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KDV Alert: U.S. Supreme Court to Weigh In on 2015 TCPA Carve-Out for Government-Backed Debt Collection

Posted Jan 17, 2020

By Richard Perr, co-managing partner of the Kaufman Dolowich & Voluck Philadelphia Office, Monica Littman, Graeme Hogan, and Matt Selmasska, attorneys in KDV Philadelphia.

The U.S. Supreme Court has recently indicated it will consider the constitutionality of a 2015 carve-out from the Telephone Consumer Protection Act (“TCPA”) by granting a petition for review in Barr v. American Association of Political Consultants Inc., Docket No. 19-631. This pending decision is critical for those in the collection industry servicing government-backed debt such as student loans or tax deficiencies. The government-backed debt exception to the TCPA meant that calls placed by a collection agency to collect debt owed to or guaranteed by the government are exempt from the TCPA.  However, calls from the exact same collection agency involving debt not owed to or guaranteed by the government are subject to the TCPA’s requirement that prohibits automated calls to cell phones without prior consent.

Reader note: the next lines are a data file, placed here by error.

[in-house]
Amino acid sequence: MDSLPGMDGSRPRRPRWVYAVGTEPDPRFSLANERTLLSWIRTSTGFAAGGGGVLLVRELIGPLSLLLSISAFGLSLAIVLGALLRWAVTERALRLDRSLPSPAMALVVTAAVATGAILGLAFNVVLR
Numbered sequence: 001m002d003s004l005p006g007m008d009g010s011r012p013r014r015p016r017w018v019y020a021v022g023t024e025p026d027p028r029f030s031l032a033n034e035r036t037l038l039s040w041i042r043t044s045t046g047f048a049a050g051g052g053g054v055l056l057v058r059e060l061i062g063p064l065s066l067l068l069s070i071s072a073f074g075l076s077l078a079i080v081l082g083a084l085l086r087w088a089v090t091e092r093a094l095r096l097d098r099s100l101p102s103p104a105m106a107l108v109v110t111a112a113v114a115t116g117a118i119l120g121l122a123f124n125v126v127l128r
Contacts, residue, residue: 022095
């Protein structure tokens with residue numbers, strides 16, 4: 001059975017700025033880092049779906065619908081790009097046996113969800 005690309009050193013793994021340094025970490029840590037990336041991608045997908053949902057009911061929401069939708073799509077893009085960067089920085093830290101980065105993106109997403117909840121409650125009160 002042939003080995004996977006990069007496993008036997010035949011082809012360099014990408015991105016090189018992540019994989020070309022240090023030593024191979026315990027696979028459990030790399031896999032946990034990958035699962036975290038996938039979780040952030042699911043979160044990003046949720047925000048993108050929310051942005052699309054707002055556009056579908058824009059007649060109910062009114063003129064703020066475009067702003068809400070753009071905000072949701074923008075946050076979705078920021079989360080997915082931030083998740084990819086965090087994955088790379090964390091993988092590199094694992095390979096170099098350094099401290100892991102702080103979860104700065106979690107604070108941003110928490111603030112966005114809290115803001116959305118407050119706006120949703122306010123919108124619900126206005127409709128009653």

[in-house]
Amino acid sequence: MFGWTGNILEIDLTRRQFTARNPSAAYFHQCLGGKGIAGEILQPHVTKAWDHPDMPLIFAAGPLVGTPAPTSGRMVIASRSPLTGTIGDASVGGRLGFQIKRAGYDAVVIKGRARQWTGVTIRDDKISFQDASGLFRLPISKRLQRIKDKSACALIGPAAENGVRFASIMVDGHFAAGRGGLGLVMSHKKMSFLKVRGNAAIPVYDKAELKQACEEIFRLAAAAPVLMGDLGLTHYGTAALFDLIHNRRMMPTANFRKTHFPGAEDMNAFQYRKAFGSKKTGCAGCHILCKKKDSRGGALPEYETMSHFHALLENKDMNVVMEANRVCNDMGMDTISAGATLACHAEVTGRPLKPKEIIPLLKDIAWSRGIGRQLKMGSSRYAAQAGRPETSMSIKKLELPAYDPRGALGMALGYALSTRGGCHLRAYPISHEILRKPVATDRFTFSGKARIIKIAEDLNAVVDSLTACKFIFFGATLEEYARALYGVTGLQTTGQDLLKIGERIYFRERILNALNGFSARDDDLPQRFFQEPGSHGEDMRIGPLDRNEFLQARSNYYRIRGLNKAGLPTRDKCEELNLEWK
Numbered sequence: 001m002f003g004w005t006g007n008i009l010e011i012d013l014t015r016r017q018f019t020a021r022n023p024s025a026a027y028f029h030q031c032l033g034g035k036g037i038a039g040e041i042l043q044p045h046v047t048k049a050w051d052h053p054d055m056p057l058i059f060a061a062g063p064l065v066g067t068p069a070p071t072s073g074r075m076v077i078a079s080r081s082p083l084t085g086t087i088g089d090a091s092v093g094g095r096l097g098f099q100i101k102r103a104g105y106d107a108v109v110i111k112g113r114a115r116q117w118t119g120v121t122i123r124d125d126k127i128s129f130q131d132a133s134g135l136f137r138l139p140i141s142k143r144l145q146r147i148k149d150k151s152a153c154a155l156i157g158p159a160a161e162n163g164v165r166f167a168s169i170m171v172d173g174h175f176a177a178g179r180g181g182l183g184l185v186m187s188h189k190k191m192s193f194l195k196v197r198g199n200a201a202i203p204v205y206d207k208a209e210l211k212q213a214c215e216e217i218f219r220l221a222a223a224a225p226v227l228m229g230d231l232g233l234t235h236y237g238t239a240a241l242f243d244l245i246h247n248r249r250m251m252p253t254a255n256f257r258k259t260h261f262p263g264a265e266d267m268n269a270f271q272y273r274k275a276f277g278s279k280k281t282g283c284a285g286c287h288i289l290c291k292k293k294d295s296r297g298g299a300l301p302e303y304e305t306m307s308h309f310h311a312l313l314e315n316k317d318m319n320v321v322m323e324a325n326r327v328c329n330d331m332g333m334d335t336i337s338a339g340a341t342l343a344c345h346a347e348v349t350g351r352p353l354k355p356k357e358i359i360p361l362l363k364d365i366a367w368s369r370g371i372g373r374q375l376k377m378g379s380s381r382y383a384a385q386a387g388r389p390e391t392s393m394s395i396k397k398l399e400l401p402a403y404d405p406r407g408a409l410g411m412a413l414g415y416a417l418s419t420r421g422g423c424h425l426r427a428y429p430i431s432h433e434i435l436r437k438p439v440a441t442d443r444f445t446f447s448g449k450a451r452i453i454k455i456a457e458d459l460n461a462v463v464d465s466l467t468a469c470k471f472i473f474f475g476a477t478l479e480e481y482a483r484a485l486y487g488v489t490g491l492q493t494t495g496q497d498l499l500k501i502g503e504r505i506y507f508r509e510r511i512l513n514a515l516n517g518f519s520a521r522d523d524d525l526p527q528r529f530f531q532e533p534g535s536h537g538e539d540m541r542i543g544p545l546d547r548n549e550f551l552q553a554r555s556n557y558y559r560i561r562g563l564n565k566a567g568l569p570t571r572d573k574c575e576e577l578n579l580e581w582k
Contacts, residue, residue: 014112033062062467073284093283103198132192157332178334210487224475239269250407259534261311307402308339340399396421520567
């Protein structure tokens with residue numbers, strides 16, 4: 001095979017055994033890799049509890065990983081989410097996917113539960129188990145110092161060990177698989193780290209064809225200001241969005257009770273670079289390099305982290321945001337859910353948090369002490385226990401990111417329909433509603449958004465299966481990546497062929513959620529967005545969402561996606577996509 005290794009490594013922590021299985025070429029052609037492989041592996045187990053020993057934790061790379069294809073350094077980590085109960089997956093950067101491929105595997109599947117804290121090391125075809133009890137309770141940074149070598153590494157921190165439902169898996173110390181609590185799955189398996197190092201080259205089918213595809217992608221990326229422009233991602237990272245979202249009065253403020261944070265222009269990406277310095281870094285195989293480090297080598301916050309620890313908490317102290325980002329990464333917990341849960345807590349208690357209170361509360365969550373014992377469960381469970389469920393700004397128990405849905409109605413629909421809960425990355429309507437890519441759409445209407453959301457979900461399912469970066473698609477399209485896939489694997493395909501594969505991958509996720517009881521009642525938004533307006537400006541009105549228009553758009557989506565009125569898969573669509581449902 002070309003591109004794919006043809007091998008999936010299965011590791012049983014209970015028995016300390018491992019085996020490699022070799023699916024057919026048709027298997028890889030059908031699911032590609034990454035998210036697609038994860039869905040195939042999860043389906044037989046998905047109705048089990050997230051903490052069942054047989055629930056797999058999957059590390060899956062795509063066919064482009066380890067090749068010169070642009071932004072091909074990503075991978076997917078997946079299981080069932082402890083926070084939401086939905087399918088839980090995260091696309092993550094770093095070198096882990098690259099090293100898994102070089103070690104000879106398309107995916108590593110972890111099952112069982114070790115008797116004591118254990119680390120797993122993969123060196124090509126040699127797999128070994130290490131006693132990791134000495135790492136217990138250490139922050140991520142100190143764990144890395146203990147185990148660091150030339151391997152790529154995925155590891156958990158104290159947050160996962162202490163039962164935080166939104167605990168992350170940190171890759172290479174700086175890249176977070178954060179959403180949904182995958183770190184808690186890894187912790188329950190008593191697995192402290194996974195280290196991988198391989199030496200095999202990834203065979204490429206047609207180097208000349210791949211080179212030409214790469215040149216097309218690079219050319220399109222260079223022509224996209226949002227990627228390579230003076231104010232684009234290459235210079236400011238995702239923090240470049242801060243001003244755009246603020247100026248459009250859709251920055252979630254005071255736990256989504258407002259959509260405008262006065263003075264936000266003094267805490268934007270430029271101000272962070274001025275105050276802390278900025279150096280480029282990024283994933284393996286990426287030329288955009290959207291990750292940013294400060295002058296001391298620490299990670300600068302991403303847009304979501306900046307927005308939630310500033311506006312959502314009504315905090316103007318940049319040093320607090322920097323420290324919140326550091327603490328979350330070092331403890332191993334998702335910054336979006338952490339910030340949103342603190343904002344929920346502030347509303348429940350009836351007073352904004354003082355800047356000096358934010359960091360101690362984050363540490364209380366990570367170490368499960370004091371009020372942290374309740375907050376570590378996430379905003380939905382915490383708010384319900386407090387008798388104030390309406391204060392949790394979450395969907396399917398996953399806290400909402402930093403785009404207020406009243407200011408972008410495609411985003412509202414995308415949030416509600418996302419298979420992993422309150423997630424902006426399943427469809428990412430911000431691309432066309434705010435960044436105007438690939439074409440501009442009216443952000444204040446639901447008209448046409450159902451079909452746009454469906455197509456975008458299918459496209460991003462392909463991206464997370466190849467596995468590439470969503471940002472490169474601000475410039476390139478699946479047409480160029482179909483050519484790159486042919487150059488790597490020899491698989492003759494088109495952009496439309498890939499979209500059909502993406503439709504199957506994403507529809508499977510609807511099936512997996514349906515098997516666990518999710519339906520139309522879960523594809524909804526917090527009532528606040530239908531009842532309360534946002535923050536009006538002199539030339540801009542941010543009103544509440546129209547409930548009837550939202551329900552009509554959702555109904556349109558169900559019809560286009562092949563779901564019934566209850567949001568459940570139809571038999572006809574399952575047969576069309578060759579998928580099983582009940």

In April of 2019, the U.S. Court of Appeals for the Fourth Circuit held that the exemption was an unconstitutional content-based restriction on free speech that violated the First Amendment. The Ninth Circuit followed suit a few months later adding to the uncertainty of the exemption.  The Supreme Court granted the petition for review from the U.S. Department of Justice and the Federal Communications Commission, who are urging the high court to overturn the Fourth and Ninth Circuit’s rulings. A ruling from the Supreme Court will settle the question nationally. The ruling will likely be issued in the summer of 2020.

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